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Your views: Can Democrats win White House from the far left?
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The disarray of the Democrat party can best be seen in the weak candidates seeking the party’s presidential nomination. The party who could once offer political giants for high office must now settle for the strongest of the weak.

The weakness is brought about mostly because Democrats are in a poor position to claim that electing a Democrat to the White House will improve things.

Republicans’ benefit from a robust economy, low employment, high productivity, increasing personal incomes and a dismal performance by Democrats after winning control of the Congress.

To cap it all, there have been no further terrorist attacks in the U.S., and the Iraqi war, the centerpiece of Democratic political opposition, is going well for America.

The main problem, however, is that the Democratic candidates are all on the extreme far left of the political spectrum.

This leaves Democratic voters who are nonleftists with little choice. To vote for a candidate not on the far left, a Democratic voter must choose a Republican.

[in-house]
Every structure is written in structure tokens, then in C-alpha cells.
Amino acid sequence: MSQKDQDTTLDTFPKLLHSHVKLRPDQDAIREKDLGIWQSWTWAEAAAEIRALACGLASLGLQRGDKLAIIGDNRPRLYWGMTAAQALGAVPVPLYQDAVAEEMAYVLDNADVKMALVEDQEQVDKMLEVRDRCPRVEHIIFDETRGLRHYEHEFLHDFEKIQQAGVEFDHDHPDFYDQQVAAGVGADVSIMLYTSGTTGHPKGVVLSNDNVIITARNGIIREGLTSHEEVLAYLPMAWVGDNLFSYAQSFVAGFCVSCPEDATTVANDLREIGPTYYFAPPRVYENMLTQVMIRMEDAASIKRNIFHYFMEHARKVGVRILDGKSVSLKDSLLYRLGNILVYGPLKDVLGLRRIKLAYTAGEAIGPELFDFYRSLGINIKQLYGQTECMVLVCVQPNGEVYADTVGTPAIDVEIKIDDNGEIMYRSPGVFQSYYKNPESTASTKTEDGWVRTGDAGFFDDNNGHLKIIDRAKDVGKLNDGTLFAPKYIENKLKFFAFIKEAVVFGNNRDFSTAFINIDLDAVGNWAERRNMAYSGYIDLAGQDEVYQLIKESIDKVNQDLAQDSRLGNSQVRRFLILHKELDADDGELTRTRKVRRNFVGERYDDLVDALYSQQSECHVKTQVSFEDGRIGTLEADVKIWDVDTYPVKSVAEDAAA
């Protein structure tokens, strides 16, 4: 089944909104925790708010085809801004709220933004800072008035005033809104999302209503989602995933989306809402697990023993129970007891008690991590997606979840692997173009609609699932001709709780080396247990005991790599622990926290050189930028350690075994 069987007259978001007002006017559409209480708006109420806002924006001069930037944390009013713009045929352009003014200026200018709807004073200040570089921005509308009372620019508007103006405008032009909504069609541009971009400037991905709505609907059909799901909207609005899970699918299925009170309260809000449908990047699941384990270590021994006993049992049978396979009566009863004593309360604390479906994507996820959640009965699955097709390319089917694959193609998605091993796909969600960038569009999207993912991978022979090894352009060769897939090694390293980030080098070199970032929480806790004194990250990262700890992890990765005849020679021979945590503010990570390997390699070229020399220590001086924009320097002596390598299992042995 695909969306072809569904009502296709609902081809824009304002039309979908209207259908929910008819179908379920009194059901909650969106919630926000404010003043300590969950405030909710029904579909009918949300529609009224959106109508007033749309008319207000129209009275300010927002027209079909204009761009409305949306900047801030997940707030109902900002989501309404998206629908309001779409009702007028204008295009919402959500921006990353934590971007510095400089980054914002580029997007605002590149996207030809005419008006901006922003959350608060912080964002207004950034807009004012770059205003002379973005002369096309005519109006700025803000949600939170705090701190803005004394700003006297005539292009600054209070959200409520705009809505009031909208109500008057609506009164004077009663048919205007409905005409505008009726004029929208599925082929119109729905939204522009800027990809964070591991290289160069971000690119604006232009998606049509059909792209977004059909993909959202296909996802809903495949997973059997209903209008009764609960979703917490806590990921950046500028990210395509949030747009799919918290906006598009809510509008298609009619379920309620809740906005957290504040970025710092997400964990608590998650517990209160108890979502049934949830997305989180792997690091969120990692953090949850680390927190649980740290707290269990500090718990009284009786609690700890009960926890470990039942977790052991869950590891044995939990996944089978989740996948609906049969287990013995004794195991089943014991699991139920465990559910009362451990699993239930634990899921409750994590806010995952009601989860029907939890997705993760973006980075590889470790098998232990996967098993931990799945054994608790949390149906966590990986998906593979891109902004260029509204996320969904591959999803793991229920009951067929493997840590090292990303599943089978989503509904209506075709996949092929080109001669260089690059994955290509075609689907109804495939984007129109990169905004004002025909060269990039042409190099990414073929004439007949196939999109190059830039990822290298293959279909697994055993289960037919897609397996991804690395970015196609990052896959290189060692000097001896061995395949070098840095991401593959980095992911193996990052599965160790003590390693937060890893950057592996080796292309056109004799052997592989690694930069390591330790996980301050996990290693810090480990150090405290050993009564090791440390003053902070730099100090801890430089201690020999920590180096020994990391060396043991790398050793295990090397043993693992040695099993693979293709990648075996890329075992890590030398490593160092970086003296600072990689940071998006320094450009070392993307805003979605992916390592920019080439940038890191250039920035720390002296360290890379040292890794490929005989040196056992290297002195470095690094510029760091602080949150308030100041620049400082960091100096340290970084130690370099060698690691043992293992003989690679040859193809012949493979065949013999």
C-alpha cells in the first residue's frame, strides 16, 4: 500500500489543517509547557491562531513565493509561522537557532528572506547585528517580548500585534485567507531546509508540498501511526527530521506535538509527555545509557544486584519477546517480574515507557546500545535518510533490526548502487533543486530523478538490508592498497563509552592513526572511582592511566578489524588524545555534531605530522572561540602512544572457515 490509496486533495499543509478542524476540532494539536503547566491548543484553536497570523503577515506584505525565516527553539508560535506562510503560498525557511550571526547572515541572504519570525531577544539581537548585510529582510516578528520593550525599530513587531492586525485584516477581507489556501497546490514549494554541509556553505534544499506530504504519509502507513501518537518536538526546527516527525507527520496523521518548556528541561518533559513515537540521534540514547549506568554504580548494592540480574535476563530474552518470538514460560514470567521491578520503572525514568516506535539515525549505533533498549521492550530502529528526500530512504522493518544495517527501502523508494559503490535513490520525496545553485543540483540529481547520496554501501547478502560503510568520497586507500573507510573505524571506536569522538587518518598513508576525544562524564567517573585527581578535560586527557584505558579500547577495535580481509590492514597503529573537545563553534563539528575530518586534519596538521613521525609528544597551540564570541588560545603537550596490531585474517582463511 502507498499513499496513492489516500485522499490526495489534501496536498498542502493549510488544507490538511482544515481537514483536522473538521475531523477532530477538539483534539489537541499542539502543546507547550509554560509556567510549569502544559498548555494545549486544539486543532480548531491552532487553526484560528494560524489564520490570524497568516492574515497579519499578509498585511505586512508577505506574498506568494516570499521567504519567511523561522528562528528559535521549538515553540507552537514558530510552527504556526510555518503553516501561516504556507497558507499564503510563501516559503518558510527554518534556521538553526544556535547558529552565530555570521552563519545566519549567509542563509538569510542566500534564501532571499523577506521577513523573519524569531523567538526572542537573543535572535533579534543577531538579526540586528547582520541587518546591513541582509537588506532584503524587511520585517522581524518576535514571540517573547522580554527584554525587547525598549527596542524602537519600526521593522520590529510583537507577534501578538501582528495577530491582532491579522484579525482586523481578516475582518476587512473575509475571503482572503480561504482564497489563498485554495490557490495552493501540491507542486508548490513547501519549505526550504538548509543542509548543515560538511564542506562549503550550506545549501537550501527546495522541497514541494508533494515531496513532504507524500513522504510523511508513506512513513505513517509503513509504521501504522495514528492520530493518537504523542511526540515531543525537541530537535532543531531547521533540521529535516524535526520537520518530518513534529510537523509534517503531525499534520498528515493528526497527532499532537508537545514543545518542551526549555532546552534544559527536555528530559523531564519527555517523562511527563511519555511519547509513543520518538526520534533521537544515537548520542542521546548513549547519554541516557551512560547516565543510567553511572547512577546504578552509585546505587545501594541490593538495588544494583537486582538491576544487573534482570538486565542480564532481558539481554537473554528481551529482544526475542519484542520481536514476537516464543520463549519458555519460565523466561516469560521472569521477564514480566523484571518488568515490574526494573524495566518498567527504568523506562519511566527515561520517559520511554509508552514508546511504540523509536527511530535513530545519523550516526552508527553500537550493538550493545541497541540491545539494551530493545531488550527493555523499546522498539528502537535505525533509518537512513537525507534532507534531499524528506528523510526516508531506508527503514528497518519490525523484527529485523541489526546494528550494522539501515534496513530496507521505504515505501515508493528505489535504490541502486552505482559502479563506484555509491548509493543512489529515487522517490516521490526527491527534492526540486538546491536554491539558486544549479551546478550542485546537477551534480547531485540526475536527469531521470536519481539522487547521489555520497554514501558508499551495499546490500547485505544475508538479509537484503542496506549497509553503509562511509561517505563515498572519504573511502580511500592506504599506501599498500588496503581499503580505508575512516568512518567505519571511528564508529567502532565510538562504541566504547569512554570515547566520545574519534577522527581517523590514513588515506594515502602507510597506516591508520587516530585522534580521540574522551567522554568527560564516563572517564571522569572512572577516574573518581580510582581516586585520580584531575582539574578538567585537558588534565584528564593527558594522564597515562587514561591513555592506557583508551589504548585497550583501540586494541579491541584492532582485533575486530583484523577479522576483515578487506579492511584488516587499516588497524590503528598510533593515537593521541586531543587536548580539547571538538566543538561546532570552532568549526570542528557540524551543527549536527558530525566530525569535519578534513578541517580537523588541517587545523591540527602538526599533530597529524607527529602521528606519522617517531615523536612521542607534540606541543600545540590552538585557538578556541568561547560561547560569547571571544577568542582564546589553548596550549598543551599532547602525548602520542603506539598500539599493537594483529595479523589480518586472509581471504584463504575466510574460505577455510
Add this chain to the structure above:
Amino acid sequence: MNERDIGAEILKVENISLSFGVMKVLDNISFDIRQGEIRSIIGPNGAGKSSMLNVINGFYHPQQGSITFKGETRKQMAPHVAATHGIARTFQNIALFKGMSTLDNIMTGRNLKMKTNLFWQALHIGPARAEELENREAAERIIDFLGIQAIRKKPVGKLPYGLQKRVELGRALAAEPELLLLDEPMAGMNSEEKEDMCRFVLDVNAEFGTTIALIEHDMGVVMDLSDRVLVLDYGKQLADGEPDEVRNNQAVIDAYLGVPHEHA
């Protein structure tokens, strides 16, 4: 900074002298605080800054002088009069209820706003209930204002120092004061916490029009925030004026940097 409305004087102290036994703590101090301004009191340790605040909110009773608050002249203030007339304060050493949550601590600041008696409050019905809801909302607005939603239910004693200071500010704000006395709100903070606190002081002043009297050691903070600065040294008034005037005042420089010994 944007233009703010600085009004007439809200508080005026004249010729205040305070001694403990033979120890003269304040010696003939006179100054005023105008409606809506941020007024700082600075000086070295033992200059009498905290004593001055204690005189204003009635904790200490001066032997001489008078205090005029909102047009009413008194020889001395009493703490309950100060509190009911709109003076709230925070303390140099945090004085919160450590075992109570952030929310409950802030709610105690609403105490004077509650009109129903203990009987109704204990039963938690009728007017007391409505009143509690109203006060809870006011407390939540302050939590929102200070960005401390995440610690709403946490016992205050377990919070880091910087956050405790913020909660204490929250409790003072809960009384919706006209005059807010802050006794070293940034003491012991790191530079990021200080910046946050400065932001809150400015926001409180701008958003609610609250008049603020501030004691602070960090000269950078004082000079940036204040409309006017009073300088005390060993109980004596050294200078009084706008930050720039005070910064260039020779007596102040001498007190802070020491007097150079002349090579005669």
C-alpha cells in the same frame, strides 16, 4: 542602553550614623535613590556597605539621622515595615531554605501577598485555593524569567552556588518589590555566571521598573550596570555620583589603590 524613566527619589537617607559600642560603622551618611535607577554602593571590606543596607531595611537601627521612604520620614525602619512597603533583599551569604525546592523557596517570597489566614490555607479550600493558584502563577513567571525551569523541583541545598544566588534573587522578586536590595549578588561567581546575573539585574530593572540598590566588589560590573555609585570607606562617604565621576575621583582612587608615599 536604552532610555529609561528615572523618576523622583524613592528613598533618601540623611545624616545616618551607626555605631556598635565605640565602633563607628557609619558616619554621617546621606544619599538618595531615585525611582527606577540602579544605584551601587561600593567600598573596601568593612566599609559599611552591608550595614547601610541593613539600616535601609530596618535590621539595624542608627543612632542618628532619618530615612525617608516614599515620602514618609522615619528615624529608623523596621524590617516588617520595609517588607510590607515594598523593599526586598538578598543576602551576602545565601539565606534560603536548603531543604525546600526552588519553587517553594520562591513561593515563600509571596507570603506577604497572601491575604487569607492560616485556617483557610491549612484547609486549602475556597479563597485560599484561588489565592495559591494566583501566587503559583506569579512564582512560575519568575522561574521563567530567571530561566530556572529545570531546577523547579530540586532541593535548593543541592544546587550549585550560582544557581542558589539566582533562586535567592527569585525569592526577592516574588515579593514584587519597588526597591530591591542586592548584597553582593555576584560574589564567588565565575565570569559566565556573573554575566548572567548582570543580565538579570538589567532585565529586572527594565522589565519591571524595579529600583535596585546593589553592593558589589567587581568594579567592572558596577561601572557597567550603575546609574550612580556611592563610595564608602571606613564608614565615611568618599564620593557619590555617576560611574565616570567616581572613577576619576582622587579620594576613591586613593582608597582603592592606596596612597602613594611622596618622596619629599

Conversely, Republicans have fielded a large number of presidential contenders with something for all segments of the party. This is a condition made to order for a Republican moderate or social conservative to attract Democrats and independents who are not happy with their own far-left candidates.

So the question seems to be: Can Democrats win the White House with only the left and left-of-center vote?

To win, the Democratic candidate must have not only the whole of the core party constituency; that is, minorities, government workers, liberals, welfare recipients, socialists, special interest groups and unions, but also a large number of independents and disillusioned Republican voters.

Past presidential races also suggest that Democrats must have total media support and large donations from foreign sources.

But the key to a Democratic victory, as was shown by the two wins by President Bill Clinton, is to split the Republican vote.

This explains the Democrats’ strategy of trying to convince voters that none of the eight Republican candidates are acceptable and that a third-party candidate is needed.

It is highly doubtful, in my opinion, if the far left is strong enough to elect a president in American — yet. But it was close with Gore, and the time is drawing ominously near when the left will gain enough strength to place a far leftist in the presidency.

The real significance of Hillary Clinton’s run for nomination is not that she would be the first woman president, but that she would be the first dedicated Marxist to occupy the Oval Office.

Jack Chesney